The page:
A german company, Evonik, has uncovered a strain of bacteria that for the first time is able to turn syngas into specialty chemicals thus creating a new use for waste gases.
The company says that it has shown that the bacteria can turn syngas – gas mixtures consisting primarily of carbon monoxide or of carbon dioxide and hydrogen – into pure 2-hydroxyisobutyric acid, one of the precursors in toughened glass. It claims that it could also be used to produce derivatives for the cosmetics industry, or C4 alcohols for the paints and varnishes industry.
“We have shown that there is a safe way of using bacteria to turn syngas into a variety of products in the future,” says Peter Nagler, Evonik’s chief innovation officer.
Syngases can be generated from municipal or agricultural waste, or from the waste gases emitted by industries such as steel production. It has been used for synthesising chemicals for decades, but Evonik claims that this is the first time that it has been used to produce such specialty chemicals.
In its hunt to find bacteria capable of turning carbon monoxide, carbon dioxide, and hydrogen into more valuable molecules, Evonik looked to earth’s earliest history – to a time when oxygen was not yet present in earth’s atmosphere. Certain microorganisms today still contain the genetic information for these processes. Evonik has used their enzymes to create a ‘cell factory’.
The company admits, however, that it is still some way from commercialising its development.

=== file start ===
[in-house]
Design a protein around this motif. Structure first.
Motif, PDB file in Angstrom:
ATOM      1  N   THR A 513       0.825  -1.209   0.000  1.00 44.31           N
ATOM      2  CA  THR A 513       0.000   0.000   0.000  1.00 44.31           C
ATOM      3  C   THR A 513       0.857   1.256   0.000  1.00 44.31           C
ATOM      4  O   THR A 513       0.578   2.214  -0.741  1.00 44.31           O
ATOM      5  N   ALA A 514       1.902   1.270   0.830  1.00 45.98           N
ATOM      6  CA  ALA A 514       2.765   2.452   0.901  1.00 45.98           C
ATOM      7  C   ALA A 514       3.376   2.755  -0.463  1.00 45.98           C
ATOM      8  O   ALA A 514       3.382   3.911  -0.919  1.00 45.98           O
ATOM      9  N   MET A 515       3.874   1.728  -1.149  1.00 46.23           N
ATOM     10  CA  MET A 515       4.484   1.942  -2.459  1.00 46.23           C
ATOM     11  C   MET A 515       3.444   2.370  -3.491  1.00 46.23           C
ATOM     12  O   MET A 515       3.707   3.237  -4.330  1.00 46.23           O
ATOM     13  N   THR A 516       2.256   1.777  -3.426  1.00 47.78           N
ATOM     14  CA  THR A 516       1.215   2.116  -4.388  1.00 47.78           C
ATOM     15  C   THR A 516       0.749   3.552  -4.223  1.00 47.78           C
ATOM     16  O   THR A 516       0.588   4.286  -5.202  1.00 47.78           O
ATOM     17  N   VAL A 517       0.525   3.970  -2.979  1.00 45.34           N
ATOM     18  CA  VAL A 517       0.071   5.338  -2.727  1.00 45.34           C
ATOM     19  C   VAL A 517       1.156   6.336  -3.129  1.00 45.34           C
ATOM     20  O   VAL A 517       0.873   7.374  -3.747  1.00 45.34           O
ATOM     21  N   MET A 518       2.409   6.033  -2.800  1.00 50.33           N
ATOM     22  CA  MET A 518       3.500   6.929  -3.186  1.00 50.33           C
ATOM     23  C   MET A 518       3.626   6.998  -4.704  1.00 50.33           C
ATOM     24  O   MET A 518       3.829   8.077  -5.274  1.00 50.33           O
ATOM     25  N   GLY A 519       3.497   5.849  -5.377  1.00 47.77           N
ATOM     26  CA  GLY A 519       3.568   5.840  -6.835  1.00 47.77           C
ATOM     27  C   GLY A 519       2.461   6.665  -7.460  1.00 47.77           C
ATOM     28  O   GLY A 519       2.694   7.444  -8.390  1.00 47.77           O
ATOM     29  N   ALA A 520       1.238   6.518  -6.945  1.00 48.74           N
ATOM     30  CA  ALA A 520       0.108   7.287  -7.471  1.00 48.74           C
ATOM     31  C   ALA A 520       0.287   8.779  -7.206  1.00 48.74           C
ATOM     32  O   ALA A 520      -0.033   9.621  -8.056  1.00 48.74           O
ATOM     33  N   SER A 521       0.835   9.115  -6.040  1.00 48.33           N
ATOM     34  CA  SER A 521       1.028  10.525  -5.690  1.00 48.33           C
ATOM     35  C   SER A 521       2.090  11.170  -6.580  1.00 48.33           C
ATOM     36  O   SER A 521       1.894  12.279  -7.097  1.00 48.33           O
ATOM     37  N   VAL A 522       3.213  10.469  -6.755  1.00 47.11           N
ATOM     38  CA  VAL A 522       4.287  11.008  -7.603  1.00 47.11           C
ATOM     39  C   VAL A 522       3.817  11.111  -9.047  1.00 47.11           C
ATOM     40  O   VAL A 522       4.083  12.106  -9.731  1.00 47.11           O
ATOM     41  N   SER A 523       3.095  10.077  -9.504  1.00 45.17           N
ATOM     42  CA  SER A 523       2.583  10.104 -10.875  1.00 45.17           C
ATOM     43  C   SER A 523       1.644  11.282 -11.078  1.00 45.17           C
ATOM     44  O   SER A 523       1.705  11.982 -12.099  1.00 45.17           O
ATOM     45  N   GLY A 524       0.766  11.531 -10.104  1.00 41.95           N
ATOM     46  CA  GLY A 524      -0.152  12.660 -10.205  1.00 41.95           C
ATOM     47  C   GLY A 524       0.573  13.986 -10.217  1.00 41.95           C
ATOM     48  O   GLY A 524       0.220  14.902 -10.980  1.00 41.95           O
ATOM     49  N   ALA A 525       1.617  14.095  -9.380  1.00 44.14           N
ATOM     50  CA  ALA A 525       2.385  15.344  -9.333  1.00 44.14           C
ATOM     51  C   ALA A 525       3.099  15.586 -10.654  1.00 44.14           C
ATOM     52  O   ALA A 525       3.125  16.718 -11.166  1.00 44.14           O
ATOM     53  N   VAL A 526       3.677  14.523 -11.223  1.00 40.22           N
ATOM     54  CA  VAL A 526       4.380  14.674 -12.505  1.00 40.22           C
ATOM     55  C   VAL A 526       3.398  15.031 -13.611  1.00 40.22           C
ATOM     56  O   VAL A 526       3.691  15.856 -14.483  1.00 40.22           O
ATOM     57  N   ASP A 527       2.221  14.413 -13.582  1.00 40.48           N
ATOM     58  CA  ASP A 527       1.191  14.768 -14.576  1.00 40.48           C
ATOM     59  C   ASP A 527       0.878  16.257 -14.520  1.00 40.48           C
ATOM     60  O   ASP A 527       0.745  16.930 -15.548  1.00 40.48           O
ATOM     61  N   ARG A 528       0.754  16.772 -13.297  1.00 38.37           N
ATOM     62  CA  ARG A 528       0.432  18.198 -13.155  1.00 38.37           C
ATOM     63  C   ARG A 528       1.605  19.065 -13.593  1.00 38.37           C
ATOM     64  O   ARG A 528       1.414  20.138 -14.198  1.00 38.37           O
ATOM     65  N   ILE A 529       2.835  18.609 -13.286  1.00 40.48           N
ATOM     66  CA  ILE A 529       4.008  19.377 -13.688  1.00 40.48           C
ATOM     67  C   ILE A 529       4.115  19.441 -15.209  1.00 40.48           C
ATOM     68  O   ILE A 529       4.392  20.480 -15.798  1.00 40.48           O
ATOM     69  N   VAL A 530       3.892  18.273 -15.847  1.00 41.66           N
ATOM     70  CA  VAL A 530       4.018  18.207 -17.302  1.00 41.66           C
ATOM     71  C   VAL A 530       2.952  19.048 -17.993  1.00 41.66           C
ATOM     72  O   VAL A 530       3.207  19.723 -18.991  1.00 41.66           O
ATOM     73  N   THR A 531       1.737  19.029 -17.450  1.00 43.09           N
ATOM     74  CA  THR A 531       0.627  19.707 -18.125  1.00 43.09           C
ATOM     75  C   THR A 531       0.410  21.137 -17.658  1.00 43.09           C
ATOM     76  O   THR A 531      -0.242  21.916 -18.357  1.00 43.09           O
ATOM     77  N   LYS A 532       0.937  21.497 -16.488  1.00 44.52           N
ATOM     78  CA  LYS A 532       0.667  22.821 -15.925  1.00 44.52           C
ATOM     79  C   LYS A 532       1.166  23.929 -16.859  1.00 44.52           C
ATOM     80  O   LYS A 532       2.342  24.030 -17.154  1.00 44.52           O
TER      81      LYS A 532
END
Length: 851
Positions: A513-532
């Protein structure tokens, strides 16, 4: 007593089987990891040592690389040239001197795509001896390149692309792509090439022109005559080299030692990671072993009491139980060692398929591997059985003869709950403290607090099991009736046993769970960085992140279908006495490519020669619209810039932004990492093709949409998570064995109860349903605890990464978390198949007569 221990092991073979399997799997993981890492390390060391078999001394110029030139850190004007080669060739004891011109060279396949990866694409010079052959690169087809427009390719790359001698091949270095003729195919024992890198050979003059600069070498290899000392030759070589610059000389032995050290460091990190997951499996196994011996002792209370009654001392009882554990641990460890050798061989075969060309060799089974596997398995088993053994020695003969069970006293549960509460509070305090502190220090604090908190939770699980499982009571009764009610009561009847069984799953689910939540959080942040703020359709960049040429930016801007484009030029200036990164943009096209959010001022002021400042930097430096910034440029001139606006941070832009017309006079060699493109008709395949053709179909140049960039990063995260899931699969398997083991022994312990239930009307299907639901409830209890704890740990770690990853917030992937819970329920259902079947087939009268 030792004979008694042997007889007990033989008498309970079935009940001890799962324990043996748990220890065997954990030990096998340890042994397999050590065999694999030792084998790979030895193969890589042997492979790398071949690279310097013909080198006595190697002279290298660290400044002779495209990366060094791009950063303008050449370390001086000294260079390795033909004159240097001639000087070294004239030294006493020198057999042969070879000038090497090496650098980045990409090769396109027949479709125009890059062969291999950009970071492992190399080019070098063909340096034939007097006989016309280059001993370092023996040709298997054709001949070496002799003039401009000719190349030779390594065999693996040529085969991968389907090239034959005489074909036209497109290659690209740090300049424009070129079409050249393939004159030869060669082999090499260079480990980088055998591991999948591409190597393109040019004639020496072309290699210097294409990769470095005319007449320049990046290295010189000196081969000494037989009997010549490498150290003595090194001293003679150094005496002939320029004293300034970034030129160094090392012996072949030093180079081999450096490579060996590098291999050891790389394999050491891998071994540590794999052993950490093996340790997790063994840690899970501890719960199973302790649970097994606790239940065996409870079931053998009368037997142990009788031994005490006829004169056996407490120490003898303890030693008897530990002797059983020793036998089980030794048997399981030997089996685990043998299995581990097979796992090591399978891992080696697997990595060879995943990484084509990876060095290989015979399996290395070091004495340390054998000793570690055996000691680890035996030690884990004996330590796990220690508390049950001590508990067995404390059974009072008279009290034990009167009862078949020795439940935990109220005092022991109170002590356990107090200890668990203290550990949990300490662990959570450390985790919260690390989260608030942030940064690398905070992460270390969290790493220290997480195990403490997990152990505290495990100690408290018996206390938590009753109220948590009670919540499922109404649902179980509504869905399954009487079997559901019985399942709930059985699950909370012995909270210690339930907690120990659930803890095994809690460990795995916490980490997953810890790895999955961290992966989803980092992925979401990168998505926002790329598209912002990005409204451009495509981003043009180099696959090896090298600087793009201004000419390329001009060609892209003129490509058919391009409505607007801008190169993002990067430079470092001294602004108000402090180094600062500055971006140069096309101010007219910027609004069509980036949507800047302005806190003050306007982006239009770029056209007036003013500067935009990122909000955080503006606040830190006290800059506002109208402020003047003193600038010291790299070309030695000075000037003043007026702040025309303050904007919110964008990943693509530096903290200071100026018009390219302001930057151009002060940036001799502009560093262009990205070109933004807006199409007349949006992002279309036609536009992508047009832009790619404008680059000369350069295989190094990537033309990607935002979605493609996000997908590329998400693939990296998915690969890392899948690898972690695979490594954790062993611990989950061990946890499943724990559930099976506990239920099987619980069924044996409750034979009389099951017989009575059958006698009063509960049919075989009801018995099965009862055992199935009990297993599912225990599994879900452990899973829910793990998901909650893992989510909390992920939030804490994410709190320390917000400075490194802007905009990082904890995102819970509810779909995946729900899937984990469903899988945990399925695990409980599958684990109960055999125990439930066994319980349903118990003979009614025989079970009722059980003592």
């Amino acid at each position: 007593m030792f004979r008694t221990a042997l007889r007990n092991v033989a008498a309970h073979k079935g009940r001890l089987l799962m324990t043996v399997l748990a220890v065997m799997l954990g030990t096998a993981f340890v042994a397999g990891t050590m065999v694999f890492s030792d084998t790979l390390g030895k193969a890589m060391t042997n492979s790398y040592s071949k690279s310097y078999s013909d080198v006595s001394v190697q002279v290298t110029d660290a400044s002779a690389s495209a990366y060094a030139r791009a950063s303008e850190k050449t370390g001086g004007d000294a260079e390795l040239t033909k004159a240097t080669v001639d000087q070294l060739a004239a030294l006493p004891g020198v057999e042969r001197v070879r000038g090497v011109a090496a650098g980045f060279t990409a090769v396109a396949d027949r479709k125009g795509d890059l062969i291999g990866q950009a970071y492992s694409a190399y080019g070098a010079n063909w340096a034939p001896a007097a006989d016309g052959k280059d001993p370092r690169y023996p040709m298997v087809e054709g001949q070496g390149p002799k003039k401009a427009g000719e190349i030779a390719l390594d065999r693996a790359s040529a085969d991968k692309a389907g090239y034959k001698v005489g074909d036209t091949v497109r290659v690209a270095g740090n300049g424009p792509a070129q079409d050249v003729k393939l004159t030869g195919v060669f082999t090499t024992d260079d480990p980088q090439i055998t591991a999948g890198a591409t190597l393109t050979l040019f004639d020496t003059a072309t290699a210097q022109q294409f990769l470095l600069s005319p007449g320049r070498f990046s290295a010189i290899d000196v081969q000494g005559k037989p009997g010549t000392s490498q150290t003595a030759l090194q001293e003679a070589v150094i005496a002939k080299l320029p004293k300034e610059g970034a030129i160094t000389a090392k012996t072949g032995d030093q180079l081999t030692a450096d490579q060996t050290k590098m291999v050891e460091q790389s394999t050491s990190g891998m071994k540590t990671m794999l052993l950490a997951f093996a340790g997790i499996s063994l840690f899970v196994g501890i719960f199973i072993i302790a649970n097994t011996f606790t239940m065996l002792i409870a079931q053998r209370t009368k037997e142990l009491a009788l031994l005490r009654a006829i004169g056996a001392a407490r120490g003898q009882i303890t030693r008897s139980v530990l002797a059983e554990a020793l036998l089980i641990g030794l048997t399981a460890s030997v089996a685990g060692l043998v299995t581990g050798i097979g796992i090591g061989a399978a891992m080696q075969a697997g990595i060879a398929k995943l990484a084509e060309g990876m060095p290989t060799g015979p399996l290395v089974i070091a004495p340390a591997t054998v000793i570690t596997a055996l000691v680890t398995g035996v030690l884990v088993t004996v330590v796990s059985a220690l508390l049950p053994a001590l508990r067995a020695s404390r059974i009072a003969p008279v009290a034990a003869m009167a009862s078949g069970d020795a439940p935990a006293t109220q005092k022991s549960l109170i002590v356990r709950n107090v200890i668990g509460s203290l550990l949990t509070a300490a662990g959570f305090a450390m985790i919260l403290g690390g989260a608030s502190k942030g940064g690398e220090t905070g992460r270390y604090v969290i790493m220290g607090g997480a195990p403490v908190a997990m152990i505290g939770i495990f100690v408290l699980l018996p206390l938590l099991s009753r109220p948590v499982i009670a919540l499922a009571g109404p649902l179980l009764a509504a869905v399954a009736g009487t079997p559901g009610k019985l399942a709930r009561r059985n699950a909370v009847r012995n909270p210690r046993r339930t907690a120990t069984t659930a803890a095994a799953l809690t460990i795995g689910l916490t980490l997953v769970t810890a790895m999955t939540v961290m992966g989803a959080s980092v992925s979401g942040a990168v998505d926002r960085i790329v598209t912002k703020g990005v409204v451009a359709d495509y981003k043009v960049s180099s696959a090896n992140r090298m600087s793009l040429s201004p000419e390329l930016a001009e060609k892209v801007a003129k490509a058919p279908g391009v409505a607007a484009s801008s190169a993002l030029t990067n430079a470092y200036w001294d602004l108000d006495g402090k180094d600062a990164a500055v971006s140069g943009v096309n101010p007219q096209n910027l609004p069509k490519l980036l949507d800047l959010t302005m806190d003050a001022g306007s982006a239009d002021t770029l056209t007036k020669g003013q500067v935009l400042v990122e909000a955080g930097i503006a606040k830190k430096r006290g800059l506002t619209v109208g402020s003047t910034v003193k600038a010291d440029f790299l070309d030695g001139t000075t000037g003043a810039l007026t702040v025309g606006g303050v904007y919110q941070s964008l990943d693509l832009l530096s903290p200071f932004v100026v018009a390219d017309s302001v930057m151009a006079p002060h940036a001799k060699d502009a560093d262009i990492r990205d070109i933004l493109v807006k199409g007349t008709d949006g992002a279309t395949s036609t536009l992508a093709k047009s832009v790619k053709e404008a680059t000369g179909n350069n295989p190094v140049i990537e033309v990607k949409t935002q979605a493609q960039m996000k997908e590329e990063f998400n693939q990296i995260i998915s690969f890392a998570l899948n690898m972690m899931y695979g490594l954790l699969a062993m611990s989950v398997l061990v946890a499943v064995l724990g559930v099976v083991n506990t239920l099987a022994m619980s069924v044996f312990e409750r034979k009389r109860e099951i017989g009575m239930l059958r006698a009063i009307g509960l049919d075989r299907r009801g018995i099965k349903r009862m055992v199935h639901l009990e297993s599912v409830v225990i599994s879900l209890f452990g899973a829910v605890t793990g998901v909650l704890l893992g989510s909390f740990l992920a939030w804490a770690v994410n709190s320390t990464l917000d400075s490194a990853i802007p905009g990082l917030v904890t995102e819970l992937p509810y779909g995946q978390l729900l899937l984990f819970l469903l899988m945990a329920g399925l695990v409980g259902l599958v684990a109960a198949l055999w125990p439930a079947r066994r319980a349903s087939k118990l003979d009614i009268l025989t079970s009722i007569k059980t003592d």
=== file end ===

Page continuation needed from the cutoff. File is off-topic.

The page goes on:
“We have a long way to go before we can use bacteria for converting syngas to high-quality specialty chemicals on a large industrial scale,” says Thomas Haas, head of biotechnology at Creavis, Evonik’s research unit. “It will still take a couple of years until it is ready for the market.”
You don’t know what syngas is?
Syngas, or synthesis gas, is a fuel gas mixture consisting primarily of hydrogen, carbon monoxide, and very often some carbon dioxide. The name comes from its use as intermediates in creating synthetic natural gas (SNG) and for producing ammonia or methanol. Syngas is also used as an intermediate in producing synthetic petroleum for use as a fuel or lubricant via the Fischer–Tropsch process and previously the Mobil methanol to gasoline process. Syngas is combustible and often used as a fuel of internal combustion engines and it has less than half the energy density of natural gas.